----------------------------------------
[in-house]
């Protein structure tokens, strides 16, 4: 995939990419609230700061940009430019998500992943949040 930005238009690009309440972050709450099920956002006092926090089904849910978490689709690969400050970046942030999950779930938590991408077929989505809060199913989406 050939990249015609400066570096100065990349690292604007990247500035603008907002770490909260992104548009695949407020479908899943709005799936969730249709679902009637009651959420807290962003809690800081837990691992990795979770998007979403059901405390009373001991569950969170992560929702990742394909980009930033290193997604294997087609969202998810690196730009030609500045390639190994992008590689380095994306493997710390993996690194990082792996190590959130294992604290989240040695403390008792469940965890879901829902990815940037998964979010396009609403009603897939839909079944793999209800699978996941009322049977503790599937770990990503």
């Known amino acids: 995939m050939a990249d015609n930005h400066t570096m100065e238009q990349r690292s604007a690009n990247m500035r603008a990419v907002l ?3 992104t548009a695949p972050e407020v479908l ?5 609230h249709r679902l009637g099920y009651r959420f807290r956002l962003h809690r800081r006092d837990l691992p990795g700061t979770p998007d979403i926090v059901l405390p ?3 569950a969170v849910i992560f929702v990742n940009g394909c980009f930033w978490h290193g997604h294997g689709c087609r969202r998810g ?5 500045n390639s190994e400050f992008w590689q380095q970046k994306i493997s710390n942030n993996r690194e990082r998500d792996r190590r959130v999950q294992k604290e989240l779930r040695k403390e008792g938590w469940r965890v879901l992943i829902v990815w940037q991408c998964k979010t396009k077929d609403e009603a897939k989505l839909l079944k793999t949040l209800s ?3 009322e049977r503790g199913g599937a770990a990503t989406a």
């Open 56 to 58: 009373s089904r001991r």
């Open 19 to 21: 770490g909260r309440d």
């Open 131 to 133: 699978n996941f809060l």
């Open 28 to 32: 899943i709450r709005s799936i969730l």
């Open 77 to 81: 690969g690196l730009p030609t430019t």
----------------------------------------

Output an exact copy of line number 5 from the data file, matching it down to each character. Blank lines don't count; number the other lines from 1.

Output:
């Open 19 to 21: 770490g909260r309440d």